CBT for Comorbid Anxiety Disorders in Children With Autism, Asperger Syndrome, or PDD-NOS
This study is designed to examine the efficacy of a cognitive behavioral therapy (CBT) program for treating anxiety symptoms, social problems, and adaptive behavior deficits in children with autism spectrum disorders.
Anxiety disorders are commonly diagnosed in children with autism, Asperger syndrome (AS), and pervasive developmental disorder not otherwise specified (PDD-NOS). Anxiety disorders contribute to children's functional impairment over and above the functional deficits attributable to autism, AS, and PDD-NOS. Thus, investigators have called for the development of anxiety treatments for this population (Attwood, 2003). Cognitive behavioral therapy (CBT) has been found to be efficacious for anxiety disorders in typically developing children. This pilot study will advance the field by providing an estimate of the treatment effects of CBT for anxiety disorders among children with autism, AS, or PDD-NOS. The sample will include 20 children aged 7-11 years with autism, AS, or PDD-NOS and a comorbid anxiety disorder. Children will be randomly assigned to immediate treatment or a 3-month waitlist. The manualized CBT program includes traditional anxiety treatment components including coping skills training (e.g., cognitive restructuring), in vivo exposure, operant procedures, and parent training. Additional treatment components have been added to enhance intervention response in children with AS or PDD-NOS, including emotion education, social skills/friendship skills training, and peer tutoring/mentoring modules. Trained graduate students with expertise in CBT and developmental disabilities will serve as therapists. Treatment fidelity will be checked using a session-by-session adherence checklist. Treatment acceptability and consumer satisfaction will be assessed at posttreatment, providing guidance on the extent to which the manual will need to be revised. Multiple measures of children's anxiety, including a structured diagnostic interview administered by an independent evaluator, will comprise the primary outcomes. Children's social functioning, adaptive behavior, and service use will also be assessed to determine if CBT can affect relevant distal outcomes. By comparing outcomes for children in the immediate treatment group versus those in the waitlist group, we will estimate effect sizes of CBT for this population. Subsequently, power analyses will be conducted in planning for a larger clinical trial. This study could contribute to public health efforts to address the mental health needs of the rising number of children diagnosed with autism-spectrum disorders. If CBT is found to be efficacious, it will be the first evidence-based psychological treatment to be successfully adapted for children with autism, AS, and PDD-NOS.
Allocation: Randomized, Control: Active Control, Endpoint Classification: Efficacy Study, Intervention Model: Parallel Assignment, Masking: Open Label, Primary Purpose: Treatment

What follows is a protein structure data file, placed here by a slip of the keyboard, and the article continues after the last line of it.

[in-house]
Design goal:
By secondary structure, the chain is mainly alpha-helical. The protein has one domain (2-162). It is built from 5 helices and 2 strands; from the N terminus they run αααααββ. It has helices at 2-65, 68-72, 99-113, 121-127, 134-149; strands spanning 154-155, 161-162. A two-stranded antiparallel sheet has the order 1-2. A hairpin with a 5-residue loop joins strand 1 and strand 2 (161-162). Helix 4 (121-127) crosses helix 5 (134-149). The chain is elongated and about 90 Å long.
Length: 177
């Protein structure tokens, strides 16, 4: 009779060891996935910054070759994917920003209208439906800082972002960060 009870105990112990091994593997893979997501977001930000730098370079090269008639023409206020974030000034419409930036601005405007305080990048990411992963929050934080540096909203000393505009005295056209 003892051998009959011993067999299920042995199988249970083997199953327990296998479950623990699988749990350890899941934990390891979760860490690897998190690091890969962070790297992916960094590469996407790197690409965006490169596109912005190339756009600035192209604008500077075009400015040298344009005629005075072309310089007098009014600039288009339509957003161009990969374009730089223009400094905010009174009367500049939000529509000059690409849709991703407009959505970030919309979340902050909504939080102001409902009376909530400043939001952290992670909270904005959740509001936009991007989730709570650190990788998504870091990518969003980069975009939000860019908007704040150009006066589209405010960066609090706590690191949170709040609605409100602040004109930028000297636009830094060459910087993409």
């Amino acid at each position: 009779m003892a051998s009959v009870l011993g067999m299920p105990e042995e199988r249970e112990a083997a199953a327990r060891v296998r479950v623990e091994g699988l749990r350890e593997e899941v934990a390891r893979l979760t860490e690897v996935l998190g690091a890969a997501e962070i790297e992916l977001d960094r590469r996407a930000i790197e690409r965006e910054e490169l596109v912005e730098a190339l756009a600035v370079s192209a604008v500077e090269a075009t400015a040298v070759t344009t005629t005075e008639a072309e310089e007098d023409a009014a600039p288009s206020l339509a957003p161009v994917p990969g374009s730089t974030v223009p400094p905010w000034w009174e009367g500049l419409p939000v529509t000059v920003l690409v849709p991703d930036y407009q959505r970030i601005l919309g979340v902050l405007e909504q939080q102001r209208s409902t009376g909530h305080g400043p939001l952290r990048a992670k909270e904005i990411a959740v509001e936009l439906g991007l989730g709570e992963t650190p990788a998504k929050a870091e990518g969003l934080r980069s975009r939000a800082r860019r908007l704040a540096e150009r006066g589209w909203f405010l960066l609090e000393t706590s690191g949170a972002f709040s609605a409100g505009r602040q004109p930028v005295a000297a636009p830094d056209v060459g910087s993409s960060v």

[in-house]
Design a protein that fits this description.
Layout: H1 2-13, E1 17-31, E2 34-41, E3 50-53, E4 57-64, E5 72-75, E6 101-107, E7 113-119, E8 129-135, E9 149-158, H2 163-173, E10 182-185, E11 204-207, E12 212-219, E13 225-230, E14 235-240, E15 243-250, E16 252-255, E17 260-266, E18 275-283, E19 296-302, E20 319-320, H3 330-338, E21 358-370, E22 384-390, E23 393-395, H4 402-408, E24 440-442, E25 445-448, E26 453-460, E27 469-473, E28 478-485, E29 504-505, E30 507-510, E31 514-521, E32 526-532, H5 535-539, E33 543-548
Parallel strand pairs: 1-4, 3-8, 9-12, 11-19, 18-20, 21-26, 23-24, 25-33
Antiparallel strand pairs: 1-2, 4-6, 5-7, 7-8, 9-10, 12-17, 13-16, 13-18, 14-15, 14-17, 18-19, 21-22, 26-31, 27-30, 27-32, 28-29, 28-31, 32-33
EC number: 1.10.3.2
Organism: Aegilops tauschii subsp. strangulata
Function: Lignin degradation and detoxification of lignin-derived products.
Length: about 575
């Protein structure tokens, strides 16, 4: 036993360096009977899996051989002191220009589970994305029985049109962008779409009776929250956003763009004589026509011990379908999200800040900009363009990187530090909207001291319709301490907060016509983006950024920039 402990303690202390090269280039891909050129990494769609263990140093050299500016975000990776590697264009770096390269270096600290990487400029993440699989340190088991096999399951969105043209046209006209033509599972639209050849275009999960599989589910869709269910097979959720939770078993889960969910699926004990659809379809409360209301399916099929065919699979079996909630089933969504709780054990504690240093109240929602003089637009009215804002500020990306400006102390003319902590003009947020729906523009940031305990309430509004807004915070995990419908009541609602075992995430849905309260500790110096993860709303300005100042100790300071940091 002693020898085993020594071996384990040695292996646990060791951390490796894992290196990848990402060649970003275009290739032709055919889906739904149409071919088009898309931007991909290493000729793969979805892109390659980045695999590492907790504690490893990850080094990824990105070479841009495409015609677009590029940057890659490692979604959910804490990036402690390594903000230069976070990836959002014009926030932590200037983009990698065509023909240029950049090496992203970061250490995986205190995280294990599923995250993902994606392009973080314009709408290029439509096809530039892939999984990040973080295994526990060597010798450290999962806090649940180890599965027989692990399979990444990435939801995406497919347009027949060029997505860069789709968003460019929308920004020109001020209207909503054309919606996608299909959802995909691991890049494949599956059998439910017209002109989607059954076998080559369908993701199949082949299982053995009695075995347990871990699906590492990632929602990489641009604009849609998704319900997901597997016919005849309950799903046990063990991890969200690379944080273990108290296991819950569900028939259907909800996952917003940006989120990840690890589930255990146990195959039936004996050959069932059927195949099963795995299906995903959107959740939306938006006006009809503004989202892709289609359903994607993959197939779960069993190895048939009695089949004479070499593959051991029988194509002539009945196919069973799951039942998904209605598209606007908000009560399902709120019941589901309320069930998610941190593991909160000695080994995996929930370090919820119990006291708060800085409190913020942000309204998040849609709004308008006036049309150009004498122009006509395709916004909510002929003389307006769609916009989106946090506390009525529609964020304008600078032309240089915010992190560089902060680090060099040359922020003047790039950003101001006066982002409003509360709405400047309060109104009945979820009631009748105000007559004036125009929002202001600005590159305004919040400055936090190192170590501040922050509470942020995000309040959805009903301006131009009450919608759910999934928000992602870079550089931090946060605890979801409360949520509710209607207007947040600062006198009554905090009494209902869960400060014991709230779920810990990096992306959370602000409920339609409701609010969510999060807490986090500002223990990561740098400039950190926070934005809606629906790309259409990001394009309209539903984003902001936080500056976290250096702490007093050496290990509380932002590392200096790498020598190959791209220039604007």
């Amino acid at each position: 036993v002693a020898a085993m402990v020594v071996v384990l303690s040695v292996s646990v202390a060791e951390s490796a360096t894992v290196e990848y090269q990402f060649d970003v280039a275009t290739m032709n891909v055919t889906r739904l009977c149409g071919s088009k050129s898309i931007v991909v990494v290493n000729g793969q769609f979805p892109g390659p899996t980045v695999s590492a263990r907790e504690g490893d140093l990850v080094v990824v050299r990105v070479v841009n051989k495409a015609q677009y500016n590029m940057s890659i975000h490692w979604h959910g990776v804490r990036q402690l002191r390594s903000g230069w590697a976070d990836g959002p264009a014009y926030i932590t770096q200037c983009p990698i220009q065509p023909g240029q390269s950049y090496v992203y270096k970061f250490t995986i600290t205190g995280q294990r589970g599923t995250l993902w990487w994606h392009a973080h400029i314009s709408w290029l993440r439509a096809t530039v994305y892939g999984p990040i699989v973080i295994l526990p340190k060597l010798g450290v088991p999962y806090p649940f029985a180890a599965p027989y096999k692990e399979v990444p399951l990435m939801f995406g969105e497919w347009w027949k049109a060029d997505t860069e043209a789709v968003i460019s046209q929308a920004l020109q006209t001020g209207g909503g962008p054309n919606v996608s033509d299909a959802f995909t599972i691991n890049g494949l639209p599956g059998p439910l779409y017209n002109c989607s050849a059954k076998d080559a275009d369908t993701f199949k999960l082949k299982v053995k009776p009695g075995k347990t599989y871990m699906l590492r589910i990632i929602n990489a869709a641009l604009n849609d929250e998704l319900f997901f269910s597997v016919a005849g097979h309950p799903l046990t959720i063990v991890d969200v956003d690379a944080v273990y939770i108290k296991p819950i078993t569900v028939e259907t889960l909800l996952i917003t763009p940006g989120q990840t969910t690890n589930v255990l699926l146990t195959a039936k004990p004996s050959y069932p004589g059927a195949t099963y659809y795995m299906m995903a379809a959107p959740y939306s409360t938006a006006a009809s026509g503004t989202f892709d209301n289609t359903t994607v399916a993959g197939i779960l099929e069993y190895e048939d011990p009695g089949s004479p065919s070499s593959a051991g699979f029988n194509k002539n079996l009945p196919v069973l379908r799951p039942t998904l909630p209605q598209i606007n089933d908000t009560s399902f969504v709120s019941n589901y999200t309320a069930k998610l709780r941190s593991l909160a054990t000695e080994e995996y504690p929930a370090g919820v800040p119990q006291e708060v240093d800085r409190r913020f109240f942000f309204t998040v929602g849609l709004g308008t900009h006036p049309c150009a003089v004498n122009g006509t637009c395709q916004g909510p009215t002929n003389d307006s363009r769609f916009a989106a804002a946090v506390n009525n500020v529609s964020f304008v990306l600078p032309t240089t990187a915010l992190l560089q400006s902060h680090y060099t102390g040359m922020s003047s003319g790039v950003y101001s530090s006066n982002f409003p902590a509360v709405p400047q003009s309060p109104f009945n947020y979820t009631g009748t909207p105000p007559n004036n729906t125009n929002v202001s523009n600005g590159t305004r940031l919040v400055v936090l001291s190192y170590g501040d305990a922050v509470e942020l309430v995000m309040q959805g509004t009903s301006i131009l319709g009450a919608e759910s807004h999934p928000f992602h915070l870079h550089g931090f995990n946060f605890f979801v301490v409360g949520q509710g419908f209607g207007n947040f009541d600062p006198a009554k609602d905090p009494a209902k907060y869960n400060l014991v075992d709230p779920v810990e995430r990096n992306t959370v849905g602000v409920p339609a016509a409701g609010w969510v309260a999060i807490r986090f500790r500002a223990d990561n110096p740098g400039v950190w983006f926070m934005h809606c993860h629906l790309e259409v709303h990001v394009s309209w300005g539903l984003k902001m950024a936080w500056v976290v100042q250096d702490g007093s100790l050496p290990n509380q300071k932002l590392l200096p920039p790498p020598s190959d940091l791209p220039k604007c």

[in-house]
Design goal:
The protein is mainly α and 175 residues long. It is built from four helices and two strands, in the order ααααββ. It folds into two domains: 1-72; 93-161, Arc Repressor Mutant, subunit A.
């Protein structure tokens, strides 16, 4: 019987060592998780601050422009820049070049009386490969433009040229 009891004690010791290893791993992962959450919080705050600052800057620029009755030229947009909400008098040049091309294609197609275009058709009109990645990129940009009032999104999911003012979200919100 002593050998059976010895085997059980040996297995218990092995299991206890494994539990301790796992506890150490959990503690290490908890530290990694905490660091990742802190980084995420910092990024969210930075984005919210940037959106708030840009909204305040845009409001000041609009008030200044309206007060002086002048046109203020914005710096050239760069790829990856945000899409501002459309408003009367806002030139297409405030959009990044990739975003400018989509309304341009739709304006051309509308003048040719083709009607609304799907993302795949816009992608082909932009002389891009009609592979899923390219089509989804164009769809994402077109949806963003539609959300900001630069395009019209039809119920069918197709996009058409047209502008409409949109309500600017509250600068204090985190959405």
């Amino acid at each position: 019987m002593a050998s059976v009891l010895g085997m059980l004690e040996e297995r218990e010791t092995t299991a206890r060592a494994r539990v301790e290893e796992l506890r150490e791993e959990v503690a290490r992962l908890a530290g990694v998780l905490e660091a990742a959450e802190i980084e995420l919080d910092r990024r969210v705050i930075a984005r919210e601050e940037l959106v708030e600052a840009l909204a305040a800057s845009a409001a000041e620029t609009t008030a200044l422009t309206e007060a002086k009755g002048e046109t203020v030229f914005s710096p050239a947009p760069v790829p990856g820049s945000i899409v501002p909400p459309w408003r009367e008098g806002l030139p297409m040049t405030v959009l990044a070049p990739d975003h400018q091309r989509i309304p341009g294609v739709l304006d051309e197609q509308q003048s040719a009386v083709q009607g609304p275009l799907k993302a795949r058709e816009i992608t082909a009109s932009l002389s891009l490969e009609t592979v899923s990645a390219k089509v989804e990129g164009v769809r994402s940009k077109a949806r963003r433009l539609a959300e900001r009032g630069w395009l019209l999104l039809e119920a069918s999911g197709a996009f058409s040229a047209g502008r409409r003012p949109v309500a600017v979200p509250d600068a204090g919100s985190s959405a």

University of California, Los Angeles
Active, not recruiting
University of California, Los Angeles
Results (where available)
- Source: http://clinicaltrials.gov/show/NCT00280670
- Information obtained from ClinicalTrials.gov on July 15, 2010
Medical and Biotech [MESH] Definitions
A direct form of psychotherapy based on the interpretation of situations (cognitive structure of experiences) that determine how an individual feels and behaves. It is based on the premise that cognition, the process of acquiring knowledge and forming beliefs, is a primary determinant of mood and behavior. The therapy uses behavioral and verbal techniques to identify and correct negative thinking that is at the root of the aberrant behavior.
A childhood disorder predominately affecting boys and similar to autism (AUTISTIC DISORDER). It is characterized by severe, sustained, clinically significant impairment of social interaction, and restricted repetitive and stereotyped patterns of behavior. In contrast to autism, there are no clinically significant delays in language or cognitive development. (From DSM-IV)
A disorder beginning in childhood. It is marked by the presence of markedly abnormal or impaired development in social interaction and communication and a markedly restricted repertoire of activity and interest. Manifestations of the disorder vary greatly depending on the developmental level and chronological age of the individual. (DSM-IV)
The use of art as an adjunctive therapy in the treatment of neurological, mental, or behavioral disorders.
Therapy whose primary emphasis is on the physical and social structuring of the environment to promote interpersonal relationships which will be influential in reducing behavioral disturbances of patients.
Cognitive Behavioural Therapy is an effective intervention program for children with High-Functioning Autistic Spectrum Disorder to remediate anxiety issues.
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